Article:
The Known Unknowns of New York City’s Streets

Unlike New York, Copenhagen, Denmark’s planners measure city streets for much more than "Vehicular Level of Service." This map, for example, quantifies stationary activities on a summer weekday in the city center. From Public Spaces Public Life by Lars Gemzoe and Jan Gehl, 1996.

As former Defense Secretary Donald Rumsfeld would say, Schaller Consulting’s new study, Traffic Information in NYC (PDF file), lays out the "known unknowns" of New York City traffic. It turns out that there is a lot that we don’t know.

As Schaller points out, New York City traffic planning has "traditionally focused on ensuring an acceptable "Level of Service" (LOS) for motor vehicles passing through intersections, with the objective of maintaining acceptable levels of vehicular delay at each intersection." To calculate LOS, New York City’s Department of Transportation does "traffic counts." Counting cars and trucks is DOT’s main form of data collection.

I had my first personal enounter with DOT’s LOS methodology in the summer of 2001. At the time, I was trying to figure out why drivers were so often getting jammed up at the intersection directly beneath my apartment. Actually, I was going somewhat berserk due to the never-ending chorus of horn-blasting outside my window. I became obsessed with identifying the problem and coming up with some solutions for it. I spent a lot of time observing how traffic worked on my street and came up with, what I thought, were some good, practical ideas for how signals could be re-timed to alleviate some of the of the problems.

After weeks of effort, I finally managed to get a hold of the DOT staffer in charge of traffic signals. He was a nice guy and was generous with his time on the phone. He was familiar with my intersection and was impressed with the quality of my observations. But he disagreed with me on one major point. Whereas I saw — and heard — a profoundly dysfunctional intersection, he saw an intersection with an appropriate Vehicular Level of Service. The correct number of cars were moving through the intersection each day so there was no problem. Case closed.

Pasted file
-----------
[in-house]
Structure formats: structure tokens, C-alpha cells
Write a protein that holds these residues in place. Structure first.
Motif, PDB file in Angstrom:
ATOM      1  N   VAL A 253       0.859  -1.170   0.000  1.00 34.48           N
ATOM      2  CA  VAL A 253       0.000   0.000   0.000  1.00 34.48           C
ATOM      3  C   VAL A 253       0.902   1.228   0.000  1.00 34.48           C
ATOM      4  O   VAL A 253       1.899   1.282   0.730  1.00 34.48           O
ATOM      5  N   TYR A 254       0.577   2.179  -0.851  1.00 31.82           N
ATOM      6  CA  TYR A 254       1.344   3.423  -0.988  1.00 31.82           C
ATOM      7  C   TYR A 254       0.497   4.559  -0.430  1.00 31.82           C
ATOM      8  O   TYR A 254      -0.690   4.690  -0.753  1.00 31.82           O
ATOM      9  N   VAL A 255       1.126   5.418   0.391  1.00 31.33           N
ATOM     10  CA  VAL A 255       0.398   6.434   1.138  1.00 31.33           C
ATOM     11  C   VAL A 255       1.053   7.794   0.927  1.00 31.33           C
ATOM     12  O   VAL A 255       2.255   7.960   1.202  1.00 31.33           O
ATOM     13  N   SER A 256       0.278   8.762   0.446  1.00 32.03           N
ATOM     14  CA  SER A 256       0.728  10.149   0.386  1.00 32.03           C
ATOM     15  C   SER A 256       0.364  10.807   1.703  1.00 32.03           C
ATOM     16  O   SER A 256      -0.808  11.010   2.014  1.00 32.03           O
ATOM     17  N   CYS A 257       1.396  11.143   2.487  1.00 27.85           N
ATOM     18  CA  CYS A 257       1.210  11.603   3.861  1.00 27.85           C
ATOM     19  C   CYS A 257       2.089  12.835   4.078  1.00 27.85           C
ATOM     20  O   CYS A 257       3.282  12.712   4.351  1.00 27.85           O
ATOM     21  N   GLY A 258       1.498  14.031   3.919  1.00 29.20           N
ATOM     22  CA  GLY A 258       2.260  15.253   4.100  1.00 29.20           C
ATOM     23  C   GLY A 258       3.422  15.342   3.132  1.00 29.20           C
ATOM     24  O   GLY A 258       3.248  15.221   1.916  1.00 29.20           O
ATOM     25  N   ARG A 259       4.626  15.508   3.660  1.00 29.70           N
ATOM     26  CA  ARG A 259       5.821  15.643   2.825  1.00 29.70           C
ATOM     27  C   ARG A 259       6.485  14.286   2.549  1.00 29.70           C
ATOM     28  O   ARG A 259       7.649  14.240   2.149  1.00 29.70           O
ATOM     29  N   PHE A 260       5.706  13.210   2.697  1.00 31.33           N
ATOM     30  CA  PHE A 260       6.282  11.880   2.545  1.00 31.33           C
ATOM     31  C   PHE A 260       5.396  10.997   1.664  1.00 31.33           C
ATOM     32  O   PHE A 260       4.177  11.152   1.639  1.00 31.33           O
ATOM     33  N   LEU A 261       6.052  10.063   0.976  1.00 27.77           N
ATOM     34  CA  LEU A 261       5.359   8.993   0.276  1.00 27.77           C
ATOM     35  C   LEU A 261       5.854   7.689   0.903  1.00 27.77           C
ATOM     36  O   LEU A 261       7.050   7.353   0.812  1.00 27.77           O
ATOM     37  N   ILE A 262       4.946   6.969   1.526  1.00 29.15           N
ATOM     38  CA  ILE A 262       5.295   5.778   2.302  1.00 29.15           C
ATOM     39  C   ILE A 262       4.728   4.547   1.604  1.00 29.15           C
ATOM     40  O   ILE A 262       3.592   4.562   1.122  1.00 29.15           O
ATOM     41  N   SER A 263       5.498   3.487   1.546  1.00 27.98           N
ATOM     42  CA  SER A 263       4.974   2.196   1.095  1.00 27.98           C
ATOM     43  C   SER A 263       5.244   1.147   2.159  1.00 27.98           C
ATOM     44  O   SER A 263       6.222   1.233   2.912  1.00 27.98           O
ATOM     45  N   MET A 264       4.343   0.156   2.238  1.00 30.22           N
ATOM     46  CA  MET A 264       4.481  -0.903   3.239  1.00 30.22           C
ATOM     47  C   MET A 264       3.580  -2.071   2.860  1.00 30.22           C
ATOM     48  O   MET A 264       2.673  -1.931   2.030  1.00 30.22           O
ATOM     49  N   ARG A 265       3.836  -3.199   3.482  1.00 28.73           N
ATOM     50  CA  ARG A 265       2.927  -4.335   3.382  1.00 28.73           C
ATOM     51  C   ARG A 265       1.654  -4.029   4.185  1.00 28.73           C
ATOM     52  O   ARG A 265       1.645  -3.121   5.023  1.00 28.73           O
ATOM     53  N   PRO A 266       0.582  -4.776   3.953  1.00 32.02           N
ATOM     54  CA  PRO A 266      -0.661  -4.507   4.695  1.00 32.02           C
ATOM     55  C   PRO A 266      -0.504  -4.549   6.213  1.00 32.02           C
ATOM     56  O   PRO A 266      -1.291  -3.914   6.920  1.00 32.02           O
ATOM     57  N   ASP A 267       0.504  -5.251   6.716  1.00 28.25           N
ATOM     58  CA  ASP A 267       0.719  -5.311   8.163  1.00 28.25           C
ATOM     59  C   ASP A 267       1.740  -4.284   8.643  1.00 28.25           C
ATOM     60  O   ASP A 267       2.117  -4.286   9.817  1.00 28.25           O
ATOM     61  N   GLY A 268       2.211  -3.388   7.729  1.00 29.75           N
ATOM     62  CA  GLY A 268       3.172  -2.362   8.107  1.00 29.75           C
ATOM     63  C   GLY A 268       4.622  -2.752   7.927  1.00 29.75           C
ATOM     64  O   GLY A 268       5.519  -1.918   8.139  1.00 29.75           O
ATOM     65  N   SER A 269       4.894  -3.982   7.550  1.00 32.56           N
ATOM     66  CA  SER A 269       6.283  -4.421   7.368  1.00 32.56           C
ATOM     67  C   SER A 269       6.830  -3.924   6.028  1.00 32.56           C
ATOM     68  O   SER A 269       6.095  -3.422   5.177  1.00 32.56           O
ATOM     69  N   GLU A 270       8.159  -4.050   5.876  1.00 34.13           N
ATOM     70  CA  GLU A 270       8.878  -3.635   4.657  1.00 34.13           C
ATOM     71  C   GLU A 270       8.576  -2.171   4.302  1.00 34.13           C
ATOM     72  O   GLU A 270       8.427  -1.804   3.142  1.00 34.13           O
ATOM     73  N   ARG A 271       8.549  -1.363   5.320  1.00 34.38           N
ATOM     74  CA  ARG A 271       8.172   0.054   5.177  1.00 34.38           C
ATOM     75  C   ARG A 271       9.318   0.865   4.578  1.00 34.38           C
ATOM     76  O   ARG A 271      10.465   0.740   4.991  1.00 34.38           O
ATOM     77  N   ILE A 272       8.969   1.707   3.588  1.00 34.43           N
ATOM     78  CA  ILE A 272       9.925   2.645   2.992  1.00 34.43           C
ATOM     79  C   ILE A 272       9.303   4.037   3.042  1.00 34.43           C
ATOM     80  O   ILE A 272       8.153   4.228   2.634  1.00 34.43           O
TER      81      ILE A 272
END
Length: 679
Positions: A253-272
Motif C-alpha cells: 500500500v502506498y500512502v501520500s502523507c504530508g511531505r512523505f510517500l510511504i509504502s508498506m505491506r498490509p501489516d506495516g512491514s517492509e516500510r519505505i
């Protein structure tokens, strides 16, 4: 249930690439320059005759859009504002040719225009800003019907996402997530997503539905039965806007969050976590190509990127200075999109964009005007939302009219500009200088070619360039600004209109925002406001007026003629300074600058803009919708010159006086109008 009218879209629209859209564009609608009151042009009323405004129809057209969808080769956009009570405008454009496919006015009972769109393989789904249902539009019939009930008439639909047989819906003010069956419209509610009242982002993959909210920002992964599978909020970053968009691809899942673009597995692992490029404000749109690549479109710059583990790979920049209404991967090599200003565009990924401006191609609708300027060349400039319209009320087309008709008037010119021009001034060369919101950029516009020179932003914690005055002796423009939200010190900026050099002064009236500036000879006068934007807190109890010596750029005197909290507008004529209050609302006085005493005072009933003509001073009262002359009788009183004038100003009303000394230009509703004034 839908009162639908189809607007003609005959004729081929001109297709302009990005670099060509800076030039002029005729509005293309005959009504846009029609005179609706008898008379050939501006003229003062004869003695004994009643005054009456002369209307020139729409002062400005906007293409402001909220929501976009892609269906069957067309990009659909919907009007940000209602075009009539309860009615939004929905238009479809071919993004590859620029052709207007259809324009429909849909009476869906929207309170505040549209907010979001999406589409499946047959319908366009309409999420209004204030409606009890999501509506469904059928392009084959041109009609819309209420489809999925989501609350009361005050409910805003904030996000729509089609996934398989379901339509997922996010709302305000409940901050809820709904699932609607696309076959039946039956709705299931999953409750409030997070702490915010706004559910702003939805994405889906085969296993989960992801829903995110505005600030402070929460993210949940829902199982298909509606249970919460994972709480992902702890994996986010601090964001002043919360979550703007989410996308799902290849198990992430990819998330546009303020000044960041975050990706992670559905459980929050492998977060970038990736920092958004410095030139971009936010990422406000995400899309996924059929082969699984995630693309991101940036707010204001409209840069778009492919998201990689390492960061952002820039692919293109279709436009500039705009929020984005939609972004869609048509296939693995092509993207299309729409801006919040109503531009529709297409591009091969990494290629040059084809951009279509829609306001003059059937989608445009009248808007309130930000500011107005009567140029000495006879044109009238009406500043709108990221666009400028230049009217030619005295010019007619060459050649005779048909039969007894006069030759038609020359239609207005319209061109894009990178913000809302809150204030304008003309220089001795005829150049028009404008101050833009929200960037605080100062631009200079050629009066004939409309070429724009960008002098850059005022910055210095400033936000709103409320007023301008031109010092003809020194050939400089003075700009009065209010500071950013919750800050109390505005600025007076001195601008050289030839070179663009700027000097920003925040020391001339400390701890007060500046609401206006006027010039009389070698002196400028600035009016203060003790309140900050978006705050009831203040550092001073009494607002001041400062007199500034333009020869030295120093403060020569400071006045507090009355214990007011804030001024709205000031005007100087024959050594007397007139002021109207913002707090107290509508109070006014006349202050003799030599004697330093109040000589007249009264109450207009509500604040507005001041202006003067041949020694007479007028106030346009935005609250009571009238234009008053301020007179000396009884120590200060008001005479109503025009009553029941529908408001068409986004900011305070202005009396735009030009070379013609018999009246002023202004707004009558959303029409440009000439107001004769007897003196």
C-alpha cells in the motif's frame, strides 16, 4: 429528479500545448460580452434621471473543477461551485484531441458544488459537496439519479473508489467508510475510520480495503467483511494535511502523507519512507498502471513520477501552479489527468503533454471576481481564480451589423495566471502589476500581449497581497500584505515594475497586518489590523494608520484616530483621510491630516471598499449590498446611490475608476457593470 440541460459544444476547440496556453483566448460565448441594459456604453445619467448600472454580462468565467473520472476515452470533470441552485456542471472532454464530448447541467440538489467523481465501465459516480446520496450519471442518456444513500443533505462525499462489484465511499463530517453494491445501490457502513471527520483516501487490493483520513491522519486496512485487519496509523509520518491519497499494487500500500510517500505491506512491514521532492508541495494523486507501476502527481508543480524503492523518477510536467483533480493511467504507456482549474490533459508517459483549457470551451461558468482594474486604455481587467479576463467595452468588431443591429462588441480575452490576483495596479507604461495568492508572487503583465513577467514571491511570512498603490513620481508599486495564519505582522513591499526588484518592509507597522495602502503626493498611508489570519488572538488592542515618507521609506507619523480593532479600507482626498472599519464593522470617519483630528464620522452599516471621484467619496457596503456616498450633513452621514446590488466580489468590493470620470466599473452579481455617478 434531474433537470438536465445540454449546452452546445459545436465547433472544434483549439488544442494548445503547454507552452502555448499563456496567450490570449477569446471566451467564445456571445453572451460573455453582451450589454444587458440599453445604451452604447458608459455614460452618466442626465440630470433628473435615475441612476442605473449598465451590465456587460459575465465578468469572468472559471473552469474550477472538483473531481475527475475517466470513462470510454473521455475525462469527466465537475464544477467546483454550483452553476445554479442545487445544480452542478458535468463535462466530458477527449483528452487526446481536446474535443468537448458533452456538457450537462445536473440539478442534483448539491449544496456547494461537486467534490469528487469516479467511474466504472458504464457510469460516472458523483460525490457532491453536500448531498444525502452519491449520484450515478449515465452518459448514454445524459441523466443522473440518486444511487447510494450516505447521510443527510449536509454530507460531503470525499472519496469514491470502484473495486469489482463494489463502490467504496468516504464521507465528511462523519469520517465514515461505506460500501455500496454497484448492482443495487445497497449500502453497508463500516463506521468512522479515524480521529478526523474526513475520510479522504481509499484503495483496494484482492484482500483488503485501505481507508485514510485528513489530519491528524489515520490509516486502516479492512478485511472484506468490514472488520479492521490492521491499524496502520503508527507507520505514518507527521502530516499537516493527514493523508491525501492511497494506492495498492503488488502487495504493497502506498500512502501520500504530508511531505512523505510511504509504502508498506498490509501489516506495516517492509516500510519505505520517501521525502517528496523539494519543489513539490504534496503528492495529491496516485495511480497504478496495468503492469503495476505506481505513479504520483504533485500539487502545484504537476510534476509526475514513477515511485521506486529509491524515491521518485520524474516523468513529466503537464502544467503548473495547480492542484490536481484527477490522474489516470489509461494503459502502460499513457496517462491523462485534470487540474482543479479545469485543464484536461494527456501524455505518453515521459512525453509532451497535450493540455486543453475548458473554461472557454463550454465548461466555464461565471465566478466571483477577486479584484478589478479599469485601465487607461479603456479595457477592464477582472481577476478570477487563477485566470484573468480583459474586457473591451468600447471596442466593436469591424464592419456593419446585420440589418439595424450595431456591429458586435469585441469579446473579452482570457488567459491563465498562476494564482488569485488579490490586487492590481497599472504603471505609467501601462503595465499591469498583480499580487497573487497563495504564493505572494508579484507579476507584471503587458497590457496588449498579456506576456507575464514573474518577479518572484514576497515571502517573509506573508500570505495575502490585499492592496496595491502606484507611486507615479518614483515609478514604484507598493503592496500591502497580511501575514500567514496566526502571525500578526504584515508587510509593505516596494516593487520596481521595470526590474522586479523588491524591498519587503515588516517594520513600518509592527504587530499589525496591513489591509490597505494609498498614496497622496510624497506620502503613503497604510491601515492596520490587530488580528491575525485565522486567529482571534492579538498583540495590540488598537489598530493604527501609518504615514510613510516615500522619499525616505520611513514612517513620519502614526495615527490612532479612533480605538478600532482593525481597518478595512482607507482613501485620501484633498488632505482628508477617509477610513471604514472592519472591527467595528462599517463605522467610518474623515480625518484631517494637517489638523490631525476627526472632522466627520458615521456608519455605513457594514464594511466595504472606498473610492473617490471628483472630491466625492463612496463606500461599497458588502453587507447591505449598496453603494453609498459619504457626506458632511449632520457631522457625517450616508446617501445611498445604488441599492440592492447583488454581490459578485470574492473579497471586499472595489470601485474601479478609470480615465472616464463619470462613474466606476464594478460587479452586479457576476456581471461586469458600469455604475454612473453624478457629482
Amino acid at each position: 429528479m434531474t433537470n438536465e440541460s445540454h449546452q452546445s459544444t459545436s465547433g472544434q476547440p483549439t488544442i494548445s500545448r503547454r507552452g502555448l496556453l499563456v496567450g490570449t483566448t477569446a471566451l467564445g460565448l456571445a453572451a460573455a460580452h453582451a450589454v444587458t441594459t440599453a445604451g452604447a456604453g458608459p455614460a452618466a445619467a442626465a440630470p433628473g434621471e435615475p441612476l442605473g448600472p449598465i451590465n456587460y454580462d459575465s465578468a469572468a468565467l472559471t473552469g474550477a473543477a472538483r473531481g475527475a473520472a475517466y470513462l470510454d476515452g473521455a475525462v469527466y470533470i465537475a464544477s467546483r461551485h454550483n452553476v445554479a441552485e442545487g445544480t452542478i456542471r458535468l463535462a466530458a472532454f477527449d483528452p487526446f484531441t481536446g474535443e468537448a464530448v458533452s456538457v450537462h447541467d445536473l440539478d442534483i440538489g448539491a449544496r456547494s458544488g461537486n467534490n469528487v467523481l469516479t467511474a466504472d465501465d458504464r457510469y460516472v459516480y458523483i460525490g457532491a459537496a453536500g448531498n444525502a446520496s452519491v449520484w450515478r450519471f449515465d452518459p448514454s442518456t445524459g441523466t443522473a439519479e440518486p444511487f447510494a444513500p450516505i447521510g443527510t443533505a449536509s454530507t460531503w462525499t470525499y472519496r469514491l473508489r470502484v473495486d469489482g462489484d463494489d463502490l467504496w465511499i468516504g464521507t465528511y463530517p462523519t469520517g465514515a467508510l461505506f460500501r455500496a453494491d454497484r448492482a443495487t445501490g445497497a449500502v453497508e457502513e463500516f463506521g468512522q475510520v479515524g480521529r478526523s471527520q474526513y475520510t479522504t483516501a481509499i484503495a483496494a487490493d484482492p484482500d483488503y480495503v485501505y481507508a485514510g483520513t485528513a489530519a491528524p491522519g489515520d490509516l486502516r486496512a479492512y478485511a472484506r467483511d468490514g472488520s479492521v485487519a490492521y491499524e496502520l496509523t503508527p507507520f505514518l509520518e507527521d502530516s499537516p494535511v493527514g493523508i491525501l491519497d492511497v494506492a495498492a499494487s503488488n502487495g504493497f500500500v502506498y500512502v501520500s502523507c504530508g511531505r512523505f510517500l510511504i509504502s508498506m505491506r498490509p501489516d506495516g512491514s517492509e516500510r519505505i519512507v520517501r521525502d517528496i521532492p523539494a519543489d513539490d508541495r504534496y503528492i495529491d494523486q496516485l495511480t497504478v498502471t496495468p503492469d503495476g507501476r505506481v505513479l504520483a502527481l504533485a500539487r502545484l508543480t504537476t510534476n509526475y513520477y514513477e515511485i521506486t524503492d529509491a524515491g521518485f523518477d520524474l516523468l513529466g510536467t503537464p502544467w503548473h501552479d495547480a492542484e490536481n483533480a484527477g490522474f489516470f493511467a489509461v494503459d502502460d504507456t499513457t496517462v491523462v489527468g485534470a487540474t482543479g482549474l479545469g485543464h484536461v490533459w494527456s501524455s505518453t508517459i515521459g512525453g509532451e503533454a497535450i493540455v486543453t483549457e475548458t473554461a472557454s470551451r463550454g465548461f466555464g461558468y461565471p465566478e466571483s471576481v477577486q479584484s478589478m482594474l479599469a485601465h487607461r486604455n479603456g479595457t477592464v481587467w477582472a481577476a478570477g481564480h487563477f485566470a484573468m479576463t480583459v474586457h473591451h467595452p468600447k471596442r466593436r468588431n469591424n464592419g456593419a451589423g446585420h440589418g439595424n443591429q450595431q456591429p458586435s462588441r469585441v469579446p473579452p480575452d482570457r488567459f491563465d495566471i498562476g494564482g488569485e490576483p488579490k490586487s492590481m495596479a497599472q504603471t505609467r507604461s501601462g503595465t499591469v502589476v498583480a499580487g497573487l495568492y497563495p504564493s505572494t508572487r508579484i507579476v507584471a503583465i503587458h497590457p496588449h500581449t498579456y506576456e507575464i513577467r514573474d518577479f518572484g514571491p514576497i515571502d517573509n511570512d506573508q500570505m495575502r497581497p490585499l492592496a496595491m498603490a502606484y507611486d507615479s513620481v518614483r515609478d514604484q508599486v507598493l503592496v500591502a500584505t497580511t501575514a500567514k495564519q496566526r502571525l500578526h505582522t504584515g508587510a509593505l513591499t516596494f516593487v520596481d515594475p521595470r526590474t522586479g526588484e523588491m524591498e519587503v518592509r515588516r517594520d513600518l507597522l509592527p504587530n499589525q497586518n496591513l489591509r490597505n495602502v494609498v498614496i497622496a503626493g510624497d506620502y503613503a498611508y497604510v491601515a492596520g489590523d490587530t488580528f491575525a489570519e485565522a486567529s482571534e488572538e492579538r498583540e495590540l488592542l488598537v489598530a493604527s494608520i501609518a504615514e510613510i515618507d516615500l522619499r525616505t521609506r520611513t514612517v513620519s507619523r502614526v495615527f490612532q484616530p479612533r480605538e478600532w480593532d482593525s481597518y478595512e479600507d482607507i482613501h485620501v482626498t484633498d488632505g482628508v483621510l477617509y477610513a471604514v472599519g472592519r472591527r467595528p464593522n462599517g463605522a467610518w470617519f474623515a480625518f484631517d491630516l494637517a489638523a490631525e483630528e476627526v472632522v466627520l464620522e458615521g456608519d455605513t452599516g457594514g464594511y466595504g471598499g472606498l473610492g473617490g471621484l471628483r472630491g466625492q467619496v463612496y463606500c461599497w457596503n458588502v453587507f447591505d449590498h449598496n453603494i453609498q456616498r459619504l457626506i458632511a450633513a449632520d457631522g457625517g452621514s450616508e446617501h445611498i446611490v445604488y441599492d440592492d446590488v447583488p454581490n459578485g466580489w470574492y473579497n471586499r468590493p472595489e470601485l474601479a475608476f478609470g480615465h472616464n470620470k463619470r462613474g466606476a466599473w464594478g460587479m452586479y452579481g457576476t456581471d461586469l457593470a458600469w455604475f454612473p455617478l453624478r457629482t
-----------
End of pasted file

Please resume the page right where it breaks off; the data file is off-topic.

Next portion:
The City of London, England also does more than count cars and trucks to measure the performance of city streets. Check out the London Road Traffic Noise Map.

We argued the point a bit and he promised to send one of his guys out to inspect the intersection. I thanked him and, almost as an afterthought, asked how the inspection process would work. The conversation went something like this:

DOT: "We’ll drive through and take a look at it."
Me: "Will you get out of the car?"
DOT: "That’s not what we do."

So, how does the management of city streets impact residents’ quality of life? How does it impact pedestrian walkability, bus ridership, air quality or carbon emissions? Unfortunately, in New York City, these are all unknowns. Good management requires good data. But no one in city government collects the kind of data that would help us understand how our city streets are performing for anything other than the movement of motor vehicles.

Schaller’s new study lays out the big known unknowns:

  • How many people are traveling by each mode on New York City streets — auto, bus, bike, foot?
  • What is the relative attractiveness of different modes measured in terms of speed of travel, reliability of travel times, cost and comfort and convenience — the key factors affecting travelers choice of mode.
  • How can the street system be used to more efficiently move people and goods?